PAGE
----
What do blue whales eat?

In this brief guide, we will answer the query, “What do blue whales eat?” We will also discuss what baby whales eats, how the blue whales hunt for food, and their feeding habits.

What do blue whales eat?

Blue whales mostly eat krills. Krills are the small, shrimp-like crustaceans found throughout the oceans. Blue whales may consume up to 6 tonnes (12000 pounds) of krill every day which is around 4% of their entire body weight. 

Most krill species are barely more than an inch long, although a handful can reach 3 or 4 inches. They play an essential role near the bottom of many marine food systems, consuming small algae and plankton in the water and being preyed on by larger species such as whales and finfish.

The blue whale’s diet is almost completely made up of krill, but they also consume a small percentage of copepods, zooplanktons, small crustaceans, and other small fishes found in the ocean. The female blue whales are comparatively larger than the males, so they require a heavier diet than the males.

What do baby blue whales eat?

A newborn blue whale consumes milk throughout its first 6 – 18 months of life and can ingest up to 150 gallons of milk each day during that time. This feeding will continue until the young whale can forage for food on its own and survive. Only when they are capable of hunting their food, do they go after other fish in the ocean.

How do the blue whales hunt for food?

Blue whales search and hunt for food by keeping their mouths open, taking in all the krills and small crustaceans,  then closing their mouths while expanding their throat pleats. Once closed, blue whales use their tongue to force the trapped water out of their mouth and their baleen plates to keep the krill inside.

Doing this the blue whales consume more food in one swallow than any other mammal on the planet. The great majority of a blue whale’s diet consists of krill, followed by small portions of zooplanktons and small crustaceans.

Blue whales are filter feeders. Its throat possesses an expanded, pleated structure that allows it to swallow a volume of water and prey bigger than the animal’s own body weight. Water is pushed out of the mouth by its huge tongue through strainer-like baleen plates that hang down from the upper jaw as it consumes food.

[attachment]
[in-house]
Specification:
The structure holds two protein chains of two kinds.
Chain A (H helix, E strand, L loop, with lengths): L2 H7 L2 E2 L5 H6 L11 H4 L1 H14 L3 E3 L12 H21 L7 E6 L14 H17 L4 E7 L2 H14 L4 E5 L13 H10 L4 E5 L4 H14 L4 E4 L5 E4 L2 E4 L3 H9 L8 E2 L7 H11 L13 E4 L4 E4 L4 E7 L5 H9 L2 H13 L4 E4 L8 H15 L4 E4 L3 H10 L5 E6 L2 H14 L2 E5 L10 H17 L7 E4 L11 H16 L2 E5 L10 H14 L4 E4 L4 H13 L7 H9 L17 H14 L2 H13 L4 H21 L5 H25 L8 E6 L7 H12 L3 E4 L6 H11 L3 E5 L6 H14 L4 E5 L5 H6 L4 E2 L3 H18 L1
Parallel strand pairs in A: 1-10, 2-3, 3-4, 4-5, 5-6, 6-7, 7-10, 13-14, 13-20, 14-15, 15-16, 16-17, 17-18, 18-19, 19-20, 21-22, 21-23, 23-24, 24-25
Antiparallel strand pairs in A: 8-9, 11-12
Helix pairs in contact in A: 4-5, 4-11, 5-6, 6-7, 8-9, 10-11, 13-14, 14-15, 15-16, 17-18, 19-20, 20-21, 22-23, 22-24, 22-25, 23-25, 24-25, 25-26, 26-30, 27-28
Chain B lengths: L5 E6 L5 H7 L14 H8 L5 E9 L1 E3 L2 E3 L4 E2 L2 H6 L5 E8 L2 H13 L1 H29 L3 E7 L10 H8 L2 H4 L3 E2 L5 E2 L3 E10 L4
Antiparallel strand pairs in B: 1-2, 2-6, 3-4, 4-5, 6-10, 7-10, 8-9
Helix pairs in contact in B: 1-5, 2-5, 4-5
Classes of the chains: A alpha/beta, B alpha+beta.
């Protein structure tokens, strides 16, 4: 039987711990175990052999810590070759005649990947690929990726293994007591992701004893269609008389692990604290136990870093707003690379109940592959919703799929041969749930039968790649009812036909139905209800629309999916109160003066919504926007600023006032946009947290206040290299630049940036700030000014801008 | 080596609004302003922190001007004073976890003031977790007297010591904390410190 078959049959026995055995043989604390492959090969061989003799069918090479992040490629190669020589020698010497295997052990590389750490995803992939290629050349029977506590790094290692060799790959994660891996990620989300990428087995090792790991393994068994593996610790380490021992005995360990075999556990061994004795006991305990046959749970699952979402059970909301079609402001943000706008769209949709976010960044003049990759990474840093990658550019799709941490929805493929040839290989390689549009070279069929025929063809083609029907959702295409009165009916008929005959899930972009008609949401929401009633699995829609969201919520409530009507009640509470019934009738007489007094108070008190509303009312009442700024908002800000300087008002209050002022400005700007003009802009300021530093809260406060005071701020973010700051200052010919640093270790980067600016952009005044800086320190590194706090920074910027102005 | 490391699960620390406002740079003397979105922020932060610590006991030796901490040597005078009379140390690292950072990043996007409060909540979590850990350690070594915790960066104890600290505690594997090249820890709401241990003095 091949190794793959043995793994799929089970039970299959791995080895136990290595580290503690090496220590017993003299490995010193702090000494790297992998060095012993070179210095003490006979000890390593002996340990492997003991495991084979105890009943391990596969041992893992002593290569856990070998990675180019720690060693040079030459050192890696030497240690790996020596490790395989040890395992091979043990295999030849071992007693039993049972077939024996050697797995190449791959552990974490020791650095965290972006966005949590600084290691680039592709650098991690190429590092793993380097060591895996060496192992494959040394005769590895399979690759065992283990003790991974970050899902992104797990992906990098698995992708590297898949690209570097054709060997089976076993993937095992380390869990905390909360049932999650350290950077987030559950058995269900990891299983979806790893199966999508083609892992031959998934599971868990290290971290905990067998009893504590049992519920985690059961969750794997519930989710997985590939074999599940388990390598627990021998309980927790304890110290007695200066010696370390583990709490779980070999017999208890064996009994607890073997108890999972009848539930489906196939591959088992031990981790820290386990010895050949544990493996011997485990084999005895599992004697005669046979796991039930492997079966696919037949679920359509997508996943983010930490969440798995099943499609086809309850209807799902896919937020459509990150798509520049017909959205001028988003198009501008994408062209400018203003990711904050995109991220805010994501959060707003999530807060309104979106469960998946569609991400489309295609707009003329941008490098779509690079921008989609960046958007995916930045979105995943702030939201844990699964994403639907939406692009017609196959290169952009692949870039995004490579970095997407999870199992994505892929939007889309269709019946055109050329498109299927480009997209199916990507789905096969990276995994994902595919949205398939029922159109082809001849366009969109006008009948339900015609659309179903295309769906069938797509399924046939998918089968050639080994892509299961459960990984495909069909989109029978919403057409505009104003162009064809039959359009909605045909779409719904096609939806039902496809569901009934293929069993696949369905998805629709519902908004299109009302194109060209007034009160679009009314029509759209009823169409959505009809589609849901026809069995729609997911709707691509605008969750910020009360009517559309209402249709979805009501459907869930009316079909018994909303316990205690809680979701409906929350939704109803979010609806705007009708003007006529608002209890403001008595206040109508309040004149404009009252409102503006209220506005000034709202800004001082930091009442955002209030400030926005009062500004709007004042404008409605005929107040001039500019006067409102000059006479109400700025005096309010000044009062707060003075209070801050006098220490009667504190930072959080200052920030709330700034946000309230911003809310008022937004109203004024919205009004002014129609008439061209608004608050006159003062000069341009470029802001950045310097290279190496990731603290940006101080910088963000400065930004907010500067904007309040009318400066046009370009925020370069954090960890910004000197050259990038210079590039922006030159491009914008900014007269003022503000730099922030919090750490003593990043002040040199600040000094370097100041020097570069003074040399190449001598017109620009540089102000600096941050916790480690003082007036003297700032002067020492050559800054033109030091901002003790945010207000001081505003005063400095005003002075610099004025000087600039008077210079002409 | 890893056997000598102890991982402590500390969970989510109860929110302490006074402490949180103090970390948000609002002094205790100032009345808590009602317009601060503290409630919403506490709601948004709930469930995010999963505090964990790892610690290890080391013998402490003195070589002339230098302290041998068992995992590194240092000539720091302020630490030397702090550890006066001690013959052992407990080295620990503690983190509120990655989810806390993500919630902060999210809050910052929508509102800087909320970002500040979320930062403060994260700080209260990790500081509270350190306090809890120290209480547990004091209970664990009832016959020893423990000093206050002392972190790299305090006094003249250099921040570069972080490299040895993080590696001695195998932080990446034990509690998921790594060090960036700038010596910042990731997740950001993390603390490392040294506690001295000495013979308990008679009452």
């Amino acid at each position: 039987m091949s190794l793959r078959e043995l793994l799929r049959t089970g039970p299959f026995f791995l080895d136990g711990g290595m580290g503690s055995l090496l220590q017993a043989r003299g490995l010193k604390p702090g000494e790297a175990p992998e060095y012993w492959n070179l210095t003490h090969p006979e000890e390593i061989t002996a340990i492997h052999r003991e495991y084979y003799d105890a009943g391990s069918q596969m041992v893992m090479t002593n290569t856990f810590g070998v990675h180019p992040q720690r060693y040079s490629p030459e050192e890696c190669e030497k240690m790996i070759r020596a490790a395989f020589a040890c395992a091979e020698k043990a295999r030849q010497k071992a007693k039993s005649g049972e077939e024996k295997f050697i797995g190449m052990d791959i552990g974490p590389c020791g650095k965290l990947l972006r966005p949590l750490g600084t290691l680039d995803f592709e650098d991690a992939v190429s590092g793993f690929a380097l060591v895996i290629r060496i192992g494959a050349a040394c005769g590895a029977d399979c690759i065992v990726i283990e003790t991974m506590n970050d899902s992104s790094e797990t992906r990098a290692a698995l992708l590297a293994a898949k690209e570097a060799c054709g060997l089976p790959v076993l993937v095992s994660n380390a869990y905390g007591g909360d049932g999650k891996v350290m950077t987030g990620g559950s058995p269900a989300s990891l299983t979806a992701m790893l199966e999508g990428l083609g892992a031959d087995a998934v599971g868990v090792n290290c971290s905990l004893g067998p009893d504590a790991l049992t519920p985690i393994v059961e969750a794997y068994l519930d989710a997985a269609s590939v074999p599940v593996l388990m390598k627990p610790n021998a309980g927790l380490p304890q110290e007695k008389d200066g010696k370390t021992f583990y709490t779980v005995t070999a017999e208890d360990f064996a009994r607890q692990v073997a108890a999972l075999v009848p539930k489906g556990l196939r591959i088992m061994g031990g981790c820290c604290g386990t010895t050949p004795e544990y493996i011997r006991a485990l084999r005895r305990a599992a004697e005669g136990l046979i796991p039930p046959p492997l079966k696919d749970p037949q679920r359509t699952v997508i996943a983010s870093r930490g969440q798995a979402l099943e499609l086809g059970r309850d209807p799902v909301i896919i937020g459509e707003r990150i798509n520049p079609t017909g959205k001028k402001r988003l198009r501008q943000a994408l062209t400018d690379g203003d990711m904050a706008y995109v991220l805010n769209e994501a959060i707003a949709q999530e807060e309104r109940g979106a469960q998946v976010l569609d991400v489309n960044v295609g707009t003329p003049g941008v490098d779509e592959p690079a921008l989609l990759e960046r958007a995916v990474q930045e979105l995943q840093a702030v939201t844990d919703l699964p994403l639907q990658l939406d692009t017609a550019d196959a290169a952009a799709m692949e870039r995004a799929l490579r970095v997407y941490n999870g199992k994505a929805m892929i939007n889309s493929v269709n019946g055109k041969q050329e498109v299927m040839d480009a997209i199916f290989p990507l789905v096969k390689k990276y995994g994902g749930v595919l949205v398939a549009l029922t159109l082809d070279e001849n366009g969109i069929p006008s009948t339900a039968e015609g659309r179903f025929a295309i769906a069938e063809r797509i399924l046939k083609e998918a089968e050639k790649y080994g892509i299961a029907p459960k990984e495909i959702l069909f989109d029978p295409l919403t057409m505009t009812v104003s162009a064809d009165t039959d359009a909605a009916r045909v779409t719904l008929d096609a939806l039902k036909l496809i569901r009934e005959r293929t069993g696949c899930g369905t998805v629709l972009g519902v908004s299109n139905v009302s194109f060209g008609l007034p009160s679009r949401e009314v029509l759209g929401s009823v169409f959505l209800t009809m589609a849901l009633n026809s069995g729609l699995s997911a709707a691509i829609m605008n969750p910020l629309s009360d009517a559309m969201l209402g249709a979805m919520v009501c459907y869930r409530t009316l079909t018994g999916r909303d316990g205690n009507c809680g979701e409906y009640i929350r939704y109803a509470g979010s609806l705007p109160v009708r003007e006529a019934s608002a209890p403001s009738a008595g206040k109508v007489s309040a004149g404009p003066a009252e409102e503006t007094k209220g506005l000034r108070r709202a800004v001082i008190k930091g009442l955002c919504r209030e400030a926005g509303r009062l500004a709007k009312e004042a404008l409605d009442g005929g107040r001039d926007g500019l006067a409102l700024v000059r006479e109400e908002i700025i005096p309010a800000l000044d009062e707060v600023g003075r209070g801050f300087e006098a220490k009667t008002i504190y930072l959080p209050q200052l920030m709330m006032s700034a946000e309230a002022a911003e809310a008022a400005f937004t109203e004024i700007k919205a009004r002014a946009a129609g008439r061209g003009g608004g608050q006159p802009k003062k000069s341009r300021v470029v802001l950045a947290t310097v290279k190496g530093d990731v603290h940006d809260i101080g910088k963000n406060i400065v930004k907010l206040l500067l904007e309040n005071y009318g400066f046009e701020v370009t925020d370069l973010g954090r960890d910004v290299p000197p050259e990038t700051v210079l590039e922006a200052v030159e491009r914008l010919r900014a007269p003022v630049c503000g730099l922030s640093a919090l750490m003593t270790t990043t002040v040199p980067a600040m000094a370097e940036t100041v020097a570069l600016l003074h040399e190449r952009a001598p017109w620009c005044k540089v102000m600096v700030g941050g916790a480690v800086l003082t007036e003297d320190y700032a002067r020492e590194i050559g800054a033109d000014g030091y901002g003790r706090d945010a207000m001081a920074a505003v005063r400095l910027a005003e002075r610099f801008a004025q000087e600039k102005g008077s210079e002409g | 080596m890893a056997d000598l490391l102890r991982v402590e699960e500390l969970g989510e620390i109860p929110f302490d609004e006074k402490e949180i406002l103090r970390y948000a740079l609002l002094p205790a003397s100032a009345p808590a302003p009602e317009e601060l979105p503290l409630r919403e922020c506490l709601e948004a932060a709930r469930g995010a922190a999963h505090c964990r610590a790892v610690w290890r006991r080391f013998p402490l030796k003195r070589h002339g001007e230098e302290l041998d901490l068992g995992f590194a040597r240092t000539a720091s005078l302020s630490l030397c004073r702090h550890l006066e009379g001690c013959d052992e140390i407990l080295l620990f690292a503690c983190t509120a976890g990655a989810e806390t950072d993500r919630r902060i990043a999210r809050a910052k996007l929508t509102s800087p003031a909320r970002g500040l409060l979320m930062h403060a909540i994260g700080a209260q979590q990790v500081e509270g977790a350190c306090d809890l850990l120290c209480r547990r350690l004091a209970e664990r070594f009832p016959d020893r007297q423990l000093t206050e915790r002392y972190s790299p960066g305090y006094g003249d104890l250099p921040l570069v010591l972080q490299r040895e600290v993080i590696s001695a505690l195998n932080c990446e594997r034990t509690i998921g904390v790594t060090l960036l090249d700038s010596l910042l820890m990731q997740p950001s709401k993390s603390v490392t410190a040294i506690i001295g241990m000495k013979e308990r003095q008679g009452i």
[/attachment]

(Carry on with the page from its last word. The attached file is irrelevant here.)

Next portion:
An average adult blue whale has between 270 and 400 baleen plates located around its mouth. These are supplemented by different throat pleats (or grooves) that allow the mouth to inflate outward like a balloon while absorbing large amounts of food.

What are the feeding habits of blue whales?

The feeding habit of blue whales largely depends on finding different isolated areas of food in the sea. Every day, the blue whale goes on multiple foraging trips, diving to depths of a thousand feet or more in search of food. 

When the whale gets close to a large, concentrated group or population of prey(mostly krills and zooplanktons), it starts to speed up to 20 mph and lunge forward. The expanding throat pleats allow it to suck in a massive amount of water, maybe up to 200 tons, in a single swallow. The baleen plates will then push the water back into the ocean with the help of the tongue, while the prey remains safely within its mouth.

Blue whales spend most of the summer days on arctic seas in search of food. As winter comes, they embark on a long journey to tropical seas looking for more food. Their feeding rate is thought to be higher in the summer than in the winter, as they do the majority of their breeding in summer. 

However, unlike other species, the blue whale’s migratory movements are not fixed. Some blue whales migrate only partially, while others spend the entire year in the same location. Their migration patterns appear to be mostly determined by food availability.

The blue whales are also believed to make a daily vertical movement from shallow to deep waters and return as their prey moves up and down the water column. This suggests that they are continually shifting positions throughout the 24 hours.


In this brief guide, we have answered the query, “What do blue whales eat?” We have also discussed what baby whales eat, how the blue whales hunt for food, and their feeding habits.



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